VICTORIA – Operators and engineers at the Mount Polley mine were over confident in the design of a tailings-storage facility that collapsed and created an environmental disaster, says British Columbia’s chief inspector of mines.
Al Hoffman also found weak water-management standards at the site but said Thursday he couldn’t find enough evidence to pursue charges under the Mines Act against Imperial Metals Corp. (TSX:III).
“There were no non-compliance (issues) that we could find,” Hoffman told reporters. “That doesn’t mean there won’t be in he future. We’re going to tighten up our regulations and improve our oversight.”
Hoffman’s report into the Mount Polley disaster makes 19 recommendations, including that all mines with the same storage facilities employ designated mine-safety managers and staff to oversee the management of tailings.
The disaster and the 15-month investigation, the largest and most-complex mining probe in B.C. history, has taken its toll on him personally, said Hoffman.
“It’s been the most difficult period of my entire career, to be blunt,” he said.
“It’s something I never hoped would happen on my watch. Now, I feel very strongly that we have the recommendations going forward that we can, to a large extent, prevent this from ever happening again.”
An independent panel of engineering experts appointed by the B.C. government reached similar conclusions about the cause of the tailings-pond breach last January.
Both reports found the spill was caused by a poorly designed dam that didn’t account for drainage and erosion failures associated with glacial till beneath the pond.
“The root causes of the event were organizational,” Hoffman said. “My report describes how a mistaken belief in the foundation characteristics led to a design of a dam that was inadequate for its location.”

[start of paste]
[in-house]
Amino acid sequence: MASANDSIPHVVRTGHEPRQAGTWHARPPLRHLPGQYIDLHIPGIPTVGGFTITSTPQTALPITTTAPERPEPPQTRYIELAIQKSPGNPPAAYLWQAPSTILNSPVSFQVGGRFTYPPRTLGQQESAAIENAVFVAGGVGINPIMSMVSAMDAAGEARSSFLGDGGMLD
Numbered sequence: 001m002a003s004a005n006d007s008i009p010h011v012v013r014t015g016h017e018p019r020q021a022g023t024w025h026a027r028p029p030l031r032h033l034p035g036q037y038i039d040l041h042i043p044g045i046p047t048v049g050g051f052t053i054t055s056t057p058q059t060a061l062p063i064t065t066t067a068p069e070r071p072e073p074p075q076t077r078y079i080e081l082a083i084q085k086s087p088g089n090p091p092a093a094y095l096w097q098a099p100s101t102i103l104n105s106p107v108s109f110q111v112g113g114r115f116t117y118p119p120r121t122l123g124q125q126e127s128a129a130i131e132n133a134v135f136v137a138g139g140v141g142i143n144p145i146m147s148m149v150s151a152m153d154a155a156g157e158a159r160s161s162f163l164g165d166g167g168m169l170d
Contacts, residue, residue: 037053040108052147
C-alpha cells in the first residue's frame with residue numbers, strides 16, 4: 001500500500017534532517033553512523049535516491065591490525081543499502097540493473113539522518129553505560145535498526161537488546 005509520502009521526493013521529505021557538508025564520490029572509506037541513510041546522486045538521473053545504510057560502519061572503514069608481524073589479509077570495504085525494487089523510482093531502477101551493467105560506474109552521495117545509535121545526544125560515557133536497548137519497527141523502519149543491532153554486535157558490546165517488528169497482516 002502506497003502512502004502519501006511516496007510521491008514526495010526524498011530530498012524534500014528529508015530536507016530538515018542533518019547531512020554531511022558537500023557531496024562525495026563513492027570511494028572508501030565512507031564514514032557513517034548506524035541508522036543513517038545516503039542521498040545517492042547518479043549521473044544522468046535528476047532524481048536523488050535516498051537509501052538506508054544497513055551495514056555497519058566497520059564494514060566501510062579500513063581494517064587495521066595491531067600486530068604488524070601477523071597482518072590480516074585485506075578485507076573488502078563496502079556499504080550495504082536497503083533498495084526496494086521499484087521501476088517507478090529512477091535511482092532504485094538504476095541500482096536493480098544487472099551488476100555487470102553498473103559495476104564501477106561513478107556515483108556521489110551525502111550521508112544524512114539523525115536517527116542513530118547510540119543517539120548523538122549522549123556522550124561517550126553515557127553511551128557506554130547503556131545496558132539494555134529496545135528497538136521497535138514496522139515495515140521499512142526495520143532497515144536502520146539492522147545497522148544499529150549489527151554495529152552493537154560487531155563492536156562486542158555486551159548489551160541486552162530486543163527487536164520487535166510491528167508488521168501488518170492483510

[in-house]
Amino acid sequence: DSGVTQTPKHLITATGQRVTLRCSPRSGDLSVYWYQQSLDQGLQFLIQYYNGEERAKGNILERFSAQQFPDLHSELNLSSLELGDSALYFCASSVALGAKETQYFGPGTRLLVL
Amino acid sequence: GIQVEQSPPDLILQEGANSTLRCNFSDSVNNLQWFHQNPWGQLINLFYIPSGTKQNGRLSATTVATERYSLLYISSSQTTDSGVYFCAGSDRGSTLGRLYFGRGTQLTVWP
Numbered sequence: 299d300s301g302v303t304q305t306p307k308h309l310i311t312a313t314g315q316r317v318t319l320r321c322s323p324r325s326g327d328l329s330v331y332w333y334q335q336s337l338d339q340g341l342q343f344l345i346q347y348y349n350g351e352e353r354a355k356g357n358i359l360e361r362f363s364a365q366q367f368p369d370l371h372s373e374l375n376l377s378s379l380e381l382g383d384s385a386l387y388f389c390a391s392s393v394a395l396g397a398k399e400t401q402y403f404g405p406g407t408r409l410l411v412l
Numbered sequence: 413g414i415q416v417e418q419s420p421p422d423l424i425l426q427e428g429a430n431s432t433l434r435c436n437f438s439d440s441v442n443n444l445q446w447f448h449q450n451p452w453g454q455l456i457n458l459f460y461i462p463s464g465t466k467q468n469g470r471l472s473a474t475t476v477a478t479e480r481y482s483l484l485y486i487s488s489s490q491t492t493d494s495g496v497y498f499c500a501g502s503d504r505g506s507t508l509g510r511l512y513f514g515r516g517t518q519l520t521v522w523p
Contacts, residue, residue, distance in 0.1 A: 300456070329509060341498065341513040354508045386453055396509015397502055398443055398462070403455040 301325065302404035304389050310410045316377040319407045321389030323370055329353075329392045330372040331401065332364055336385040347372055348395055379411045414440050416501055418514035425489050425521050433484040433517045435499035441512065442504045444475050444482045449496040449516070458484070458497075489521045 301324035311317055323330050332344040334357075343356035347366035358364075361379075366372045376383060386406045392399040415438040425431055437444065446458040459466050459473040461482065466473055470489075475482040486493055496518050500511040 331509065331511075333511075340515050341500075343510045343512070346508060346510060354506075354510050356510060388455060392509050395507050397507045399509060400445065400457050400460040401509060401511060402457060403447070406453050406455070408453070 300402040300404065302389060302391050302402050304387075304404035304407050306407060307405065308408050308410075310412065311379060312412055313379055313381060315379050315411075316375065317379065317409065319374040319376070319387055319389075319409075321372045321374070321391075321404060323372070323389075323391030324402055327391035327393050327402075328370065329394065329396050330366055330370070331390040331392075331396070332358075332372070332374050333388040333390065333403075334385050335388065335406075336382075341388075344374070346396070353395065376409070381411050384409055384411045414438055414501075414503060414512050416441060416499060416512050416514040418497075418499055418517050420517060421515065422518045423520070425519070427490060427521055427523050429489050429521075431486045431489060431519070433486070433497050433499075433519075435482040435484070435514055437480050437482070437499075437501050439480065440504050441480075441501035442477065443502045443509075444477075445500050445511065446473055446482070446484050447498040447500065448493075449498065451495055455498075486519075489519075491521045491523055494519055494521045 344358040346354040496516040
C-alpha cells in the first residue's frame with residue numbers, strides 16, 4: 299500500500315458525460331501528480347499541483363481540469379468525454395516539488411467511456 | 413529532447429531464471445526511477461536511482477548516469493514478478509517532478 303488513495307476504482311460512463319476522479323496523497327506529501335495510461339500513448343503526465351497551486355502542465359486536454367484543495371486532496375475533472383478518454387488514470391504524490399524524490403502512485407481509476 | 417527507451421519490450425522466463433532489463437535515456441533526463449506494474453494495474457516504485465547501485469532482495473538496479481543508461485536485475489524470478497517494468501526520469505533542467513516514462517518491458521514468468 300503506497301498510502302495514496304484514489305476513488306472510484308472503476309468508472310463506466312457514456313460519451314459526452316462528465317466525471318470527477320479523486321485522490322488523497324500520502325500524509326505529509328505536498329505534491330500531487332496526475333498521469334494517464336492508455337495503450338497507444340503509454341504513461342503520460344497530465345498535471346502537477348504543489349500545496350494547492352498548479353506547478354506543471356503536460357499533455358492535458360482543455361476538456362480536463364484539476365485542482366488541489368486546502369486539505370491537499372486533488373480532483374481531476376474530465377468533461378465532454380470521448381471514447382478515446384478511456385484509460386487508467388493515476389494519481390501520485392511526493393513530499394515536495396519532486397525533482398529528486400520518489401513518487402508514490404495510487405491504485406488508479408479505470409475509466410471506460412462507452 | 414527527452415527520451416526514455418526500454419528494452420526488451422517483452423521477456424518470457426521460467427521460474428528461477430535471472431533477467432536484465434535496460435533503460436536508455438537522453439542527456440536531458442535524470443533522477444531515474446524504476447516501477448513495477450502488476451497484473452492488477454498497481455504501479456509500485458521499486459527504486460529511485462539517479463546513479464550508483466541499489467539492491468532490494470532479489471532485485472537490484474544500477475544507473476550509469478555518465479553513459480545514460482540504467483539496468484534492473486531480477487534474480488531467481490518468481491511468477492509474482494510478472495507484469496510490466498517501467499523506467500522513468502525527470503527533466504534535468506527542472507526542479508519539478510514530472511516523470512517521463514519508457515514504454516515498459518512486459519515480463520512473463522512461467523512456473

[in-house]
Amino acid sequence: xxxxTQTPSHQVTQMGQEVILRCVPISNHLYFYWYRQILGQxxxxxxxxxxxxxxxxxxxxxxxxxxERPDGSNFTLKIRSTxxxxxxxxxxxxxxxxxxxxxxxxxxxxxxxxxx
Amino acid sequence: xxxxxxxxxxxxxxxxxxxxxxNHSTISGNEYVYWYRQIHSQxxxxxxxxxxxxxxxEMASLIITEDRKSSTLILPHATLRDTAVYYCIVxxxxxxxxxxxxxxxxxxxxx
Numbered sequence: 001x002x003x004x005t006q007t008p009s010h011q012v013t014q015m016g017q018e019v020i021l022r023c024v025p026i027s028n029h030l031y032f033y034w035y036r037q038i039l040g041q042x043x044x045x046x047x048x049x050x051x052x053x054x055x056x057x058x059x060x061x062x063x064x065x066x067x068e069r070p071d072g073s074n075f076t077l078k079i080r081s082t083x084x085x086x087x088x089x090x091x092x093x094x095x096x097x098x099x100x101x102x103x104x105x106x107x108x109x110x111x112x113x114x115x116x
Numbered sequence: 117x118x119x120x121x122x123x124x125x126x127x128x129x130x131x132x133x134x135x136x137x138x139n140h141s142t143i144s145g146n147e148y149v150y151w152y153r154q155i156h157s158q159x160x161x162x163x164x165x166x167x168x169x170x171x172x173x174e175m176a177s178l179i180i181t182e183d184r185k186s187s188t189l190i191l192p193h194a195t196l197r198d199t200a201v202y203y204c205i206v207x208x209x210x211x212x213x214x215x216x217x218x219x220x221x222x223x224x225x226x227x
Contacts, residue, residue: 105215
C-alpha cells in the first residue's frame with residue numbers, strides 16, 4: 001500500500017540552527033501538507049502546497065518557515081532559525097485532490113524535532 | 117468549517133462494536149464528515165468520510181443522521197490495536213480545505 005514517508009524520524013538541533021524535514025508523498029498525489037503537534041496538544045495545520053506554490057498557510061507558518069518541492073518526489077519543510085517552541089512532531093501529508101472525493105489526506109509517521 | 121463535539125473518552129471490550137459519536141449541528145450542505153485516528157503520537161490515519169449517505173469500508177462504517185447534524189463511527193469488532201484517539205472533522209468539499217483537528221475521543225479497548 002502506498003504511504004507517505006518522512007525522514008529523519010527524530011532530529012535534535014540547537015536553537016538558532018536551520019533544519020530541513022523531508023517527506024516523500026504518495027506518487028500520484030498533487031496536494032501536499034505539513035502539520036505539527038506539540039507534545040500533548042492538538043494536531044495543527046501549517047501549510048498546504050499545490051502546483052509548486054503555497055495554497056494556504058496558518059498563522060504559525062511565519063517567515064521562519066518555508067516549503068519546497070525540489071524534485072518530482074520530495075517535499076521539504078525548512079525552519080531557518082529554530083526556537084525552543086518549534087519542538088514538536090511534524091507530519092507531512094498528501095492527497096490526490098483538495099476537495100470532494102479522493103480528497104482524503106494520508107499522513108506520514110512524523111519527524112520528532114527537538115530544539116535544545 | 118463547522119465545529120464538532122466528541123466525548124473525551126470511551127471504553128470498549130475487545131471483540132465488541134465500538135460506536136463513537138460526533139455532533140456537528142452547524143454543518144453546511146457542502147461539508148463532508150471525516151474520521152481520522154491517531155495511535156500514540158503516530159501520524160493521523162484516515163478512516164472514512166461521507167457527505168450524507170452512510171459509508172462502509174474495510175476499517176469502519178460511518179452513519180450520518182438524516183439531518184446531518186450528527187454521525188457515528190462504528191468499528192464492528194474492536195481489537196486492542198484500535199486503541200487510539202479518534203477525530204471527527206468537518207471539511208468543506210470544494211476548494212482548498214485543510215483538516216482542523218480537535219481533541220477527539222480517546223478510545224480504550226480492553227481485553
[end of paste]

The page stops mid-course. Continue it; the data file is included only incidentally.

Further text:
Hoffman’s report said the company and its engineers “did not fully recognize and manage geotechnical and water management risks associated with design, construction … and operation of the tailings storage facility.”
Mines Minister Bill Bennett said he accepts the report’s recommendations and plans to introduce legislation that cracks down on companies that do not comply with mining regulations.
“I hope to be taking legislation forward in the spring that will authorize administrative penalties under the mining legislation so that we can levy penalties easily, quickly when necessary, and that obviously will help us in terms of compliance,” he told reporters.
Bennett said Hoffman’s investigation confirms that weak practices at a mine site increase the risk of failure and environmental consequences.
“This is unacceptable,” he said in a statement.
Opposition New Democrat mines critic Norm Macdonald said he’s concerned the report does not include sanctions or charges.
He said neither the government nor the company is being held accountable for a disaster with environmental, social and economic impacts.
“This is business as usual,” he said. “Nobody’s responsible for what went wrong here.”
Last month, the province granted Imperial Metals a short-term permit to discharge treated water from a Mount Polley storage pit into nearby Hazeltine Creek and through a pipeline into Quesnel Lake.
Williams Lake Mayor Walk Cobb said the permit allows 200 people at the mine to continue working and could result in up 170 others being recalled to the site.